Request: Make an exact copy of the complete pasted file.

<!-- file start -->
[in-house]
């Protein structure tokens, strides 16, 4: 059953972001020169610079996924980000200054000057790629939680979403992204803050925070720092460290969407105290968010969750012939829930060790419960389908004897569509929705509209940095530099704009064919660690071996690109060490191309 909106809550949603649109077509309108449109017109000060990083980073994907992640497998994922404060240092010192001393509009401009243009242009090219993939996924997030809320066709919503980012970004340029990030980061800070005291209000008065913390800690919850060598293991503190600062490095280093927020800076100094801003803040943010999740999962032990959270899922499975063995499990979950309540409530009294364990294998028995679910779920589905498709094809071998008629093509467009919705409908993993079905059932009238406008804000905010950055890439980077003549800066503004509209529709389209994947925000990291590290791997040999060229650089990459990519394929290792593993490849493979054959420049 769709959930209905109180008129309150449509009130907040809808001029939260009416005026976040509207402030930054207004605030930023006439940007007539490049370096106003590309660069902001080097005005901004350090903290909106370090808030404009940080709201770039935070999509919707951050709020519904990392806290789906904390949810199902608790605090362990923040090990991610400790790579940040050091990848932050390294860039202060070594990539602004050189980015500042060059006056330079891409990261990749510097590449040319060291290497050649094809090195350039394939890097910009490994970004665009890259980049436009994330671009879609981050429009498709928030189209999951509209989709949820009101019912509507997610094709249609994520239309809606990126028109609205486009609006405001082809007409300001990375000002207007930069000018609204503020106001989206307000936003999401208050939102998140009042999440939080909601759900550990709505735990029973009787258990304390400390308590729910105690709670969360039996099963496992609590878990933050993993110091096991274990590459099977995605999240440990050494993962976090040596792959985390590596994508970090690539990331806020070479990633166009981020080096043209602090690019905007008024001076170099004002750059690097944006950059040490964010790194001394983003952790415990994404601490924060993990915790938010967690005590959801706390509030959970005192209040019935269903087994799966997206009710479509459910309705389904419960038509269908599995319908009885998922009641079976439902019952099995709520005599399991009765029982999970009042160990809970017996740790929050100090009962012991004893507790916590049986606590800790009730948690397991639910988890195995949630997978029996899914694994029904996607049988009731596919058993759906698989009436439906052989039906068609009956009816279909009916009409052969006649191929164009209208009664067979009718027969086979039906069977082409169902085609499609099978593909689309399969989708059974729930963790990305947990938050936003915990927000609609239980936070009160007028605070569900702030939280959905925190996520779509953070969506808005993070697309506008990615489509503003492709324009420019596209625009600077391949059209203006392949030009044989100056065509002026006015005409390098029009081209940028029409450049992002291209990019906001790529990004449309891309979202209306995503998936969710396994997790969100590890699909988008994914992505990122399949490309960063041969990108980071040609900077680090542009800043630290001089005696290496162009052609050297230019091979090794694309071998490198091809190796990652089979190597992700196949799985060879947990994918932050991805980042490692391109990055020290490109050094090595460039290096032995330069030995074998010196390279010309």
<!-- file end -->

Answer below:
[in-house]
């Protein structure tokens, strides 16, 4: 059953972001020169610079996924980000200054000057790629939680979403992204803050925070720092460290969407105290968010969750012939829930060790419960389908004897569509929705509209940095530099704009064919660690071996690109060490191309 909106809550949603649109077509309108449109017109000060990083980073994907992640497998994922404060240092010192001393509009401009243009242009090219993939996924997030809320066709919503980012970004340029990030980061800070005291209000008065913390800690919850060598293991503190600062490095280093927020800076100094801003803040943010999740999962032990959270899922499975063995499990979950309540409530009294364990294998028995679910779920589905498709094809071998008629093509467009919705409908993993079905059932009238406008804000905010950055890439980077003549800066503004509209529709389209994947925000990291590290791997040999060229650089990459990519394929290792593993490849493979054959420049 769709959930209905109180008129309150449509009130907040809808001029939260009416005026976040509207402030930054207004605030930023006439940007007539490049370096106003590309660069902001080097005005901004350090903290909106370090808030404009940080709201770039935070999509919707951050709020519904990392806290789906904390949810199902608790605090362990923040090990991610400790790579940040050091990848932050390294860039202060070594990539602004050189980015500042060059006056330079891409990261990749510097590449040319060291290497050649094809090195350039394939890097910009490994970004665009890259980049436009994330671009879609981050429009498709928030189209999951509209989709949820009101019912509507997610094709249609994520239309809606990126028109609205486009609006405001082809007409300001990375000002207007930069000018609204503020106001989206307000936003999401208050939102998140009042999440939080909601759900550990709505735990029973009787258990304390400390308590729910105690709670969360039996099963496992609590878990933050993993110091096991274990590459099977995605999240440990050494993962976090040596792959985390590596994508970090690539990331806020070479990633166009981020080096043209602090690019905007008024001076170099004002750059690097944006950059040490964010790194001394983003952790415990994404601490924060993990915790938010967690005590959801706390509030959970005192209040019935269903087994799966997206009710479509459910309705389904419960038509269908599995319908009885998922009641079976439902019952099995709520005599399991009765029982999970009042160990809970017996740790929050100090009962012991004893507790916590049986606590800790009730948690397991639910988890195995949630997978029996899914694994029904996607049988009731596919058993759906698989009436439906052989039906068609009956009816279909009916009409052969006649191929164009209208009664067979009718027969086979039906069977082409169902085609499609099978593909689309399969989708059974729930963790990305947990938050936003915990927000609609239980936070009160007028605070569900702030939280959905925190996520779509953070969506808005993070697309506008990615489509503003492709324009420019596209625009600077391949059209203006392949030009044989100056065509002026006015005409390098029009081209940028029409450049992002291209990019906001790529990004449309891309979202209306995503998936969710396994997790969100590890699909988008994914992505990122399949490309960063041969990108980071040609900077680090542009800043630290001089005696290496162009052609050297230019091979090794694309071998490198091809190796990652089979190597992700196949799985060879947990994918932050991805980042490692391109990055020290490109050094090595460039290096032995330069030995074998010196390279010309």